Everyone is looking for a healthy lifestyle these days. Personal trainers, aerobics, CrossFit, yoga and the like are all booming. Martial arts too are on the rise but are often not the first option and for easily apparent reasons. Based on the movies and media, it takes a high degree of flexibility to perform in the martial arts. High kicks are the norm and deep splits are an absolute necessity, if film and TV are to be believed. Thankfully this is not the case. Few martial artists over the age of 40 can achieve anything like full splits or kick to head height. Neither is necessary anyway and whilst good flexibility is developed through proper martial arts study, if you can’t perform a full-splits, it will never be an issue. Low kicks are better anyway in terms of self-defence.
Martial Arts Develops Great Flexibility
However, as I said before proper martial arts training should develop good flexibility. A problem with most people is that through normal life we don’t use our flexibility much. We spend our days sitting in front of screens, bent in half as we sit, hips fully flexed for so long that they become like rusty hinges. By the time we’re in our 30’s we’re all as stiff as boards. This might put prospective black belts off stepping over the threshold of a martial arts academy, but it shouldn’t.
Unlike many other sports (I hate linking the martial arts to sport. They are not a sport, they are a way of life) and activities which fail in the area of flexibility, the martial arts do not. Dynamic warm ups and static cooldowns are the norm in dojos across the world, which accounts for the lower levels of sprains and strains in the martial arts than in other physical activities.
There are very good reasons too, to be more flexible, for one, they help to keep us looking and feeling younger. The standard image of old people is one of stiffness in muscle and joint but that needn’t be the case. The martial arts will build better ranges of motion than most hobbies that you’ll come across.
On top of that, the combat arts also build muscle and cardio fitness at high levels too. When you add in the skill element, that keeps people practicing for years, you have a real winner in terms of holistic health.
The Key to Maintaining Life Long Health & Fitness
The key to maintaining life long health and fitness is twofold; the first reason is the skill element which is far more motivating in the martial arts than simply humping iron around or the monotonous demands of a Step class. Resistance training is essential for building strong muscles which improve posture and help carrying on our tasks of daily living, such as carrying the shopping, but lifting weights, for the most part doesn’t interest many for very long. A skill on the other hand keeps us challenged and whilst I fully acknowledge that there is a good degree of skill in lifting weights, especially, as they get heavier, for the average punter however, that skill is hardly necessary when you’re swinging an 8kg kettlebell. Those activities that develop skill keep us motivated for much longer. The martial arts obviously have that covered in spades, yoga, dance and those sports that are lower impact are good too. The problem with most sports is they tend to be high impact and competitive which is an invitation to injury and long lay-offs as we age.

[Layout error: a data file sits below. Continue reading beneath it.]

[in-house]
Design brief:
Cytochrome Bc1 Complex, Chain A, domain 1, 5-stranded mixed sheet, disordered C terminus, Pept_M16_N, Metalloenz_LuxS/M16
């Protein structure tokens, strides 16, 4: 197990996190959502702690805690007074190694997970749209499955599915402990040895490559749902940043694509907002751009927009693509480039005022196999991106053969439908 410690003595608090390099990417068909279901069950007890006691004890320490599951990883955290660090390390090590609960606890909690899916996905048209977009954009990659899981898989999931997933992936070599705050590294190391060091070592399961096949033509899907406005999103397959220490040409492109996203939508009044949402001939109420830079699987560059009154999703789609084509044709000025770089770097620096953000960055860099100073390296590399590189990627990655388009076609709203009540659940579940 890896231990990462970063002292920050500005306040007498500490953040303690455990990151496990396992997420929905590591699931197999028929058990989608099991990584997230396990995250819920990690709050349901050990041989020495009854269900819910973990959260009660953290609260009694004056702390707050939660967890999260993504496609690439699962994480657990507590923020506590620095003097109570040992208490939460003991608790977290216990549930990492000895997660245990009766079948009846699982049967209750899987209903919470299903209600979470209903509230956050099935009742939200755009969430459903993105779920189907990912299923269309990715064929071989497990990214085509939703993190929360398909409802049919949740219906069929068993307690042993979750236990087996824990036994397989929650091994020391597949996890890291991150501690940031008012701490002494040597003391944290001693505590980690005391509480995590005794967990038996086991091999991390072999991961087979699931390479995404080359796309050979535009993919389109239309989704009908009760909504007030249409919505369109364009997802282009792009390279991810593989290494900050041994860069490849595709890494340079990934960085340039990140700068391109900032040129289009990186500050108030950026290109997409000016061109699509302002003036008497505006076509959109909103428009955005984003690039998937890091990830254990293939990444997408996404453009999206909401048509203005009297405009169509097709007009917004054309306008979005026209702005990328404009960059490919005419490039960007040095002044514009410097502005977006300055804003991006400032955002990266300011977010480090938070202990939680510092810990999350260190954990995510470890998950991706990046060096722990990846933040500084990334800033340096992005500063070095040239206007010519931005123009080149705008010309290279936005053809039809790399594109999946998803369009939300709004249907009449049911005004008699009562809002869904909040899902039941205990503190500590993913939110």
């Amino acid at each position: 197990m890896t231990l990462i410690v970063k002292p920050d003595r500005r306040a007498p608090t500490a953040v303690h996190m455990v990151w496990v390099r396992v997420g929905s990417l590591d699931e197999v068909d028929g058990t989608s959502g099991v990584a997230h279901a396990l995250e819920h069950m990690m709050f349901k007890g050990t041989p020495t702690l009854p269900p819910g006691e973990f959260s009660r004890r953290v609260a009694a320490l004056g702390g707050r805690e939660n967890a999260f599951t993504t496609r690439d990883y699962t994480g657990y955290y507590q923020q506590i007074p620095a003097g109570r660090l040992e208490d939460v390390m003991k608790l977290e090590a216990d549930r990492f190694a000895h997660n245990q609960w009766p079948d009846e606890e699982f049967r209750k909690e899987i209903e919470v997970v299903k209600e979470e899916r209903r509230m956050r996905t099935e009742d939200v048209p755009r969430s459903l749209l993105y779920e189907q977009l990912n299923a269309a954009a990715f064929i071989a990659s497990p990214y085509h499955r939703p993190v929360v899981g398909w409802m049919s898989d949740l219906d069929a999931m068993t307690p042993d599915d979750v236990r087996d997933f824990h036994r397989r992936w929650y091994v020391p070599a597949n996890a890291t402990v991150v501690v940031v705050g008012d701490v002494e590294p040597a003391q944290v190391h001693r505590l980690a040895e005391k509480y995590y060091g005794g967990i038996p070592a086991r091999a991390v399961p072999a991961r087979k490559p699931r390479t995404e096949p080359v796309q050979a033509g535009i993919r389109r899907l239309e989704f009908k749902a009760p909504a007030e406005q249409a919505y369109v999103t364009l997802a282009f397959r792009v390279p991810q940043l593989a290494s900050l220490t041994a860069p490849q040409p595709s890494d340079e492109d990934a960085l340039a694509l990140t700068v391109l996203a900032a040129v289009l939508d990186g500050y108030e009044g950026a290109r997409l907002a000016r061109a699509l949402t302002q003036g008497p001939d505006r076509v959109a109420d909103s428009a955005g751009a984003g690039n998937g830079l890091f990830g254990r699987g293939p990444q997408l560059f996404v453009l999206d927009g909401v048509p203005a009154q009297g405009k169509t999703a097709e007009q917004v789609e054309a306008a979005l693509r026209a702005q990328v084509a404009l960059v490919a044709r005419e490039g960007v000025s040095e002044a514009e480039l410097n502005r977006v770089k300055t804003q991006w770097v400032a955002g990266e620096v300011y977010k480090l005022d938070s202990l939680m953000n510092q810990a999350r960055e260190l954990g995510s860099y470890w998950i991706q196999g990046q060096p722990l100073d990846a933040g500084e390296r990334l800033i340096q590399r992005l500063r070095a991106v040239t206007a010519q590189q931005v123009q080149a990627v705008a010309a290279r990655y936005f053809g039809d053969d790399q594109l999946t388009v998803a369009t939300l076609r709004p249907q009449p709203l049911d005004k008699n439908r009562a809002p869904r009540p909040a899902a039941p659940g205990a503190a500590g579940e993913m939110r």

The second reason is the ability to adjust your training load to suit your body’s capabilities as you get older. CrossFit is great as are gymnastics and the like, but as you age there demands become too much for the aging frame. I never take on any activity that I can’t imagine doing when I’m 80, and while I’m nearly 60 now, and still able to train at a good level, my motivation for the kind of wipe out workout of my 20’s and 30’s is dropping rapidly. High impact and high intensity sports are difficult as you get older, partly because we can’t be bothered and partly because the effort level required is just too much.
If You Can’t Imagine Doing the Exercise at 80 – Why Bother?
The intensity of martial arts training however, can be adjusted to both your age and motivation. The image of the sage-like master is a true one. Gichin Funakoshi, Morihei Ueshiba and Jigoro Kano all trained throughout their 70’s, which was when they passed.
So, if your level of flexibility and or fitness level is putting you off getting involved in the martial arts, then set those fears aside. If you’re looking for lifelong fitness that is not a chore or requires placing twice your bodyweight above your head, then seek out a reputable martial arts academy and give it a go. A good academy will offer a free 121 lesson with a trained and qualified instructor in nice surroundings that you’re sure to find much friendlier, than you’d probably expect. Go on, give it a try.
Thanks for reading.
Tony Higo January 2019.
Tony Higo is an 8th degree black belt master of the martial arts and founder of the AEGIS system. He has written several books on the martial arts and works with many of the top martial artists and instructors in the UK. For more details on the AEGIS system go to www.aegismartialarts.co.uk.